“These data provide the first clinical evidence that women can benefit from Femara even years after the completion of tamoxifen therapy. The findings may have a substantial impact on the overall treatment outcomes for postmenopausal women with early breast cancer,” said Dr. Paul Goss, MD, Ph.D., of the Massachusetts General Hospital in Boston and the lead investigator of the MA-17 trial.

The findings came from a new analysis of women who had been in the placebo arm of the MA-17 trial. In 2003, compelling results of an interim analysis showed that Femara reduced the risk of breast cancer coming back by 42 percent compared to placebo. These data prompted an independent Data Safety Monitoring Board to recommend the unblinding of study results. Since then, approximately 1,655 women talking placebo have chosen to switch to Femara, while another 613 women did not pursue further treatment.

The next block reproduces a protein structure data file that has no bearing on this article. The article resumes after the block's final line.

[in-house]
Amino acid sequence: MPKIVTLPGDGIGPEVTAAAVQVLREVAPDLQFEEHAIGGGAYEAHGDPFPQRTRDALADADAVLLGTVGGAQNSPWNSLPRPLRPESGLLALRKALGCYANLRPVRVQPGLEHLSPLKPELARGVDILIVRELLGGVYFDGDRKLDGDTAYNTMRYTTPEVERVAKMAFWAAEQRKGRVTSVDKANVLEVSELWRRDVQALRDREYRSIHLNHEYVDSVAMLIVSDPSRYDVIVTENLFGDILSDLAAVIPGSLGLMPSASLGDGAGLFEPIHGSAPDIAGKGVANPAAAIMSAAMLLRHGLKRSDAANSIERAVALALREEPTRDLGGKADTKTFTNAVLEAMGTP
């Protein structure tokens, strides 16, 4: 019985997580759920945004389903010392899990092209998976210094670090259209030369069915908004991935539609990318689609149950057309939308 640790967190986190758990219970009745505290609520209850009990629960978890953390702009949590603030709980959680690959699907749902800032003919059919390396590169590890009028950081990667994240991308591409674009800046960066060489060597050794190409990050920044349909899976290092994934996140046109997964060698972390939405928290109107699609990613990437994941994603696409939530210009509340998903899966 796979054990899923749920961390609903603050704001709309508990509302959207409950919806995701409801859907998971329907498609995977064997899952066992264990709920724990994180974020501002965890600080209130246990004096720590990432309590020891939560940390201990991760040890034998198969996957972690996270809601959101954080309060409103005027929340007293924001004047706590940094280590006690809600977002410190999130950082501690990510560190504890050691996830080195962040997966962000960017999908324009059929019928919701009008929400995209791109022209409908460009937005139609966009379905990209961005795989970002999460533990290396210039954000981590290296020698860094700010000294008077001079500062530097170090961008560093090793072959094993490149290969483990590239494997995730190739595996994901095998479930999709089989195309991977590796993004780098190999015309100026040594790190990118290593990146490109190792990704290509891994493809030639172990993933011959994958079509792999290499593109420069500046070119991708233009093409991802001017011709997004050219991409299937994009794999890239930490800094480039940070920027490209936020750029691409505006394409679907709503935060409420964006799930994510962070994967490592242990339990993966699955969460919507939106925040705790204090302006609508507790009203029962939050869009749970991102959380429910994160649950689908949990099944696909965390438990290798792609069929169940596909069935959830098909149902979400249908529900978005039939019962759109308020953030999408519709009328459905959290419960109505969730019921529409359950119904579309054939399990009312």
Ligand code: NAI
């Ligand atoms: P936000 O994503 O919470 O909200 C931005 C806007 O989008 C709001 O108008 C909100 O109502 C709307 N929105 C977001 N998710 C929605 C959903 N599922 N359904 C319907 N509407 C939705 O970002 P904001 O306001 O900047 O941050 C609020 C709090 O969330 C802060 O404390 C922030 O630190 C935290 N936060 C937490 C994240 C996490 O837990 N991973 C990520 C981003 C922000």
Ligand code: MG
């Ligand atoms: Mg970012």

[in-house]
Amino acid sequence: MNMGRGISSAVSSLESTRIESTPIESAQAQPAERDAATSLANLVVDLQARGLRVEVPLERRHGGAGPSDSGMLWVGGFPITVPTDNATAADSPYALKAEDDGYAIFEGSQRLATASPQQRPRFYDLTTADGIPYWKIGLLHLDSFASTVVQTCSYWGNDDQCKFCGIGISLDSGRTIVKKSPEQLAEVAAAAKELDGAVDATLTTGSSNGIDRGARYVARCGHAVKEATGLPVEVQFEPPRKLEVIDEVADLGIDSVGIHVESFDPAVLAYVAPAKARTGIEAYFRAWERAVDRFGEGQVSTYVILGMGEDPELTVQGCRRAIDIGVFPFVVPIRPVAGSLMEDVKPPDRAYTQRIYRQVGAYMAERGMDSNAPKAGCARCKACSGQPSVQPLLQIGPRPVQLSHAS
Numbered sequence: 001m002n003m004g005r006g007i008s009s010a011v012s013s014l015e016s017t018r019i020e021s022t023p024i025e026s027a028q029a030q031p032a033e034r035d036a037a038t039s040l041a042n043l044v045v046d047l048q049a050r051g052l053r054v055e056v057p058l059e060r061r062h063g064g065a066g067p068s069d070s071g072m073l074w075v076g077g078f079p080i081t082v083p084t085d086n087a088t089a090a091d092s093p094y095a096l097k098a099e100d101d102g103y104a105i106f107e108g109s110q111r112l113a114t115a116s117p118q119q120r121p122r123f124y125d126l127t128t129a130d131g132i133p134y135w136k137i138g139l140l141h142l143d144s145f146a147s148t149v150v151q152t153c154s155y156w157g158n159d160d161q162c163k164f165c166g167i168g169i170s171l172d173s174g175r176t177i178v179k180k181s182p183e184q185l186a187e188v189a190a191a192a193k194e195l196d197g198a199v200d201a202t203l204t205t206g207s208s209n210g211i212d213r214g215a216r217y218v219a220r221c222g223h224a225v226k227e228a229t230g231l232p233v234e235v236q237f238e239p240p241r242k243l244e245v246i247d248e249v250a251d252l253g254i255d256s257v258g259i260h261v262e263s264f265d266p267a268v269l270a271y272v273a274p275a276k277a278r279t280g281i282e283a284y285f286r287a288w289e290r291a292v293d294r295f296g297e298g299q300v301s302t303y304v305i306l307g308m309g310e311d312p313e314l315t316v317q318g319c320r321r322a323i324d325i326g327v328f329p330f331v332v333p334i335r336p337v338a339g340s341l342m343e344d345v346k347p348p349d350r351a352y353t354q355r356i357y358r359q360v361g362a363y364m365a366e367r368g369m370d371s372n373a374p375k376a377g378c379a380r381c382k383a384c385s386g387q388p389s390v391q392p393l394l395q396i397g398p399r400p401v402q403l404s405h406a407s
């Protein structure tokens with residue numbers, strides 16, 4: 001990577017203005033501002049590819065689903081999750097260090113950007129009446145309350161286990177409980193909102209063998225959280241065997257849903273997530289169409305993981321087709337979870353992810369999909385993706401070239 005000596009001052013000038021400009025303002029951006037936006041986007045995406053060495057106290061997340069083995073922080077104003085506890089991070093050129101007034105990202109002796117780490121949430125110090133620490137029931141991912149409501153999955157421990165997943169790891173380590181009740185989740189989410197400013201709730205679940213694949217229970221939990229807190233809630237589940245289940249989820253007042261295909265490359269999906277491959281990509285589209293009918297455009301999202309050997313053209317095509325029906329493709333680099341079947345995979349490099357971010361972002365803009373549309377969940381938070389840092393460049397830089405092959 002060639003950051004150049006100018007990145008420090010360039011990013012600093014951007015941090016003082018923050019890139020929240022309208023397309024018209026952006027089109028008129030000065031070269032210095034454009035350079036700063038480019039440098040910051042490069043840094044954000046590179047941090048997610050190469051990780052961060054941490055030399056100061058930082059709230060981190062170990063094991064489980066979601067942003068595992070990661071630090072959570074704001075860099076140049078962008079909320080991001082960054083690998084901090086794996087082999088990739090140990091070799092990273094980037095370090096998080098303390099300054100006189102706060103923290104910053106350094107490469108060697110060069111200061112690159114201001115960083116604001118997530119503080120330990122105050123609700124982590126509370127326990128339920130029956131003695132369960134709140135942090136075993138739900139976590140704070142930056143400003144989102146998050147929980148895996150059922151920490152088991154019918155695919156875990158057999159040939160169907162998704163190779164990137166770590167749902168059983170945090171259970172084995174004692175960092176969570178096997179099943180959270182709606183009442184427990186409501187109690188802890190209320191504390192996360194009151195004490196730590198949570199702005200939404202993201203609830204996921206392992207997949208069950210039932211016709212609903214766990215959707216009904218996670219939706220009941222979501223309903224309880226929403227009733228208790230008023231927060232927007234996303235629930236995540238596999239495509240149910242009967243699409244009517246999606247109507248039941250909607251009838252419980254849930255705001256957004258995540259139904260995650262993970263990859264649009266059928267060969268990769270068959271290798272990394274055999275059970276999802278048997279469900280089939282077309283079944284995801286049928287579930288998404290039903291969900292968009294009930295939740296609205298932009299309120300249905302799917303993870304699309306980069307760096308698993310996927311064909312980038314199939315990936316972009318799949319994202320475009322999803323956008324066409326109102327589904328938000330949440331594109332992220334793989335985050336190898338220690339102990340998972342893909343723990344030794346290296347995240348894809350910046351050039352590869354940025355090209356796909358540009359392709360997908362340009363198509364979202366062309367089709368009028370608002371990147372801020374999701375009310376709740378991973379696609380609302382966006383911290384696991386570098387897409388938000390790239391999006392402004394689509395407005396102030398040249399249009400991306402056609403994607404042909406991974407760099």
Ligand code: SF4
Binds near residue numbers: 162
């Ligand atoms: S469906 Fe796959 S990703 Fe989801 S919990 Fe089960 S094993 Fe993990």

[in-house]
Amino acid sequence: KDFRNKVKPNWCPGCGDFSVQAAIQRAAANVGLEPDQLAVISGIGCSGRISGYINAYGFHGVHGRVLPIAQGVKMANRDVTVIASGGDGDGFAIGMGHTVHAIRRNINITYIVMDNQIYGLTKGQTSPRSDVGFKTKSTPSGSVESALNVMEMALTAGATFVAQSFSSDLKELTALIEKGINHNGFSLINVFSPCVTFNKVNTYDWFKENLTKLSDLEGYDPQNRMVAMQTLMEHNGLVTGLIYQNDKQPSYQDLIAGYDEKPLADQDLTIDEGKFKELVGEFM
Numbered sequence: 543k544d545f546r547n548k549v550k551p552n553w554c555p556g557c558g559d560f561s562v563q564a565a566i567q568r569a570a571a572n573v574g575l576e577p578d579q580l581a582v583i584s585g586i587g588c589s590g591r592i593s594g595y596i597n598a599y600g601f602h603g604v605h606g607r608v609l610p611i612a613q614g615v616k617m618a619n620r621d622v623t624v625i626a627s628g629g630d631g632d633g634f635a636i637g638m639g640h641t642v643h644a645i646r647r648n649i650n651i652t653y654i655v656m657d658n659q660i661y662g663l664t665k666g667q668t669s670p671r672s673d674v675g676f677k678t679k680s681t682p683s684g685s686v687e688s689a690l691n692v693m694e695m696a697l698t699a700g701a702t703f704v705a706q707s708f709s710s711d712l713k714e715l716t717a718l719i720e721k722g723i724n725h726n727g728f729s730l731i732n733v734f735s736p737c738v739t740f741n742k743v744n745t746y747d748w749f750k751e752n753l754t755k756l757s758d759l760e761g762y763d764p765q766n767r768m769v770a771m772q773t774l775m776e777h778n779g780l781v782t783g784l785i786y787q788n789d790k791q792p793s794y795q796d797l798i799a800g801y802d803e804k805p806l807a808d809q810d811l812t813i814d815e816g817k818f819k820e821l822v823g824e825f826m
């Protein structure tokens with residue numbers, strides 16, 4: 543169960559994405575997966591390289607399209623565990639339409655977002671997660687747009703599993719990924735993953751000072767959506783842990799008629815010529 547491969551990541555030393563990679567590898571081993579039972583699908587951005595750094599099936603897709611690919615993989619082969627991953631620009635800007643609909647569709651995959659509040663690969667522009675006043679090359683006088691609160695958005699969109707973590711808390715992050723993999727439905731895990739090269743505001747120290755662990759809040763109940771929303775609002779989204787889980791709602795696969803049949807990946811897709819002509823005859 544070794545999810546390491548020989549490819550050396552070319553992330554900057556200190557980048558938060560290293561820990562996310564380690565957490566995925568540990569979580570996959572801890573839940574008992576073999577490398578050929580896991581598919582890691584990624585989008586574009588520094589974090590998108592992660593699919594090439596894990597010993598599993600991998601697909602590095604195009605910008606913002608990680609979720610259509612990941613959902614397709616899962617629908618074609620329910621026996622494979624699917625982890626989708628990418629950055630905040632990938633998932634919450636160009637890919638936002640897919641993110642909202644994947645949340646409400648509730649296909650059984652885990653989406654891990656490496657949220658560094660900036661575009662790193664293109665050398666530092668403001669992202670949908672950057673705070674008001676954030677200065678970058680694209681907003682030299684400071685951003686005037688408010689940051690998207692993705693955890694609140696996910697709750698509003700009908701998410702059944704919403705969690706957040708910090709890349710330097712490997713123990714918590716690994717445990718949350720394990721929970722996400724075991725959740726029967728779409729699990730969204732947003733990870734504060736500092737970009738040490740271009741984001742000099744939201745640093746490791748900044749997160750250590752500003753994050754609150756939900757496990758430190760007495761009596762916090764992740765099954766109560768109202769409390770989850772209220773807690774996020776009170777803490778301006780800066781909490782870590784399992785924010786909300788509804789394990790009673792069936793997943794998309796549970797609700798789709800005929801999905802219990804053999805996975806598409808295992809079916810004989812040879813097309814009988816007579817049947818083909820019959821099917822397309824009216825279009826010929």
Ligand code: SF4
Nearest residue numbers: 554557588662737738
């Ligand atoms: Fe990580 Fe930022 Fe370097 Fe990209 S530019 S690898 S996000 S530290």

About MA-17
MA-17 is a Phase III, international, double-blinded, randomized, multi-center trial. It is coordinated by the National Cancer Institute of Canada Clinical Trials Group at Queens University in Kingston, Ontario, Canada with funding from the Canadian Cancer Society and supported by Novartis.

The incidence of adverse events in the post-unblinding analysis was similar to that seen in the earlier MA-17 analysis. Key safety findings presented included fractures (3.2% in the Femara-switched group vs. 2.8% in the placebo group); patient-reported osteoporosis (3.9% vs. 1.6%); and cardiovascular disease (2.8% vs. 2.9%).

About Femara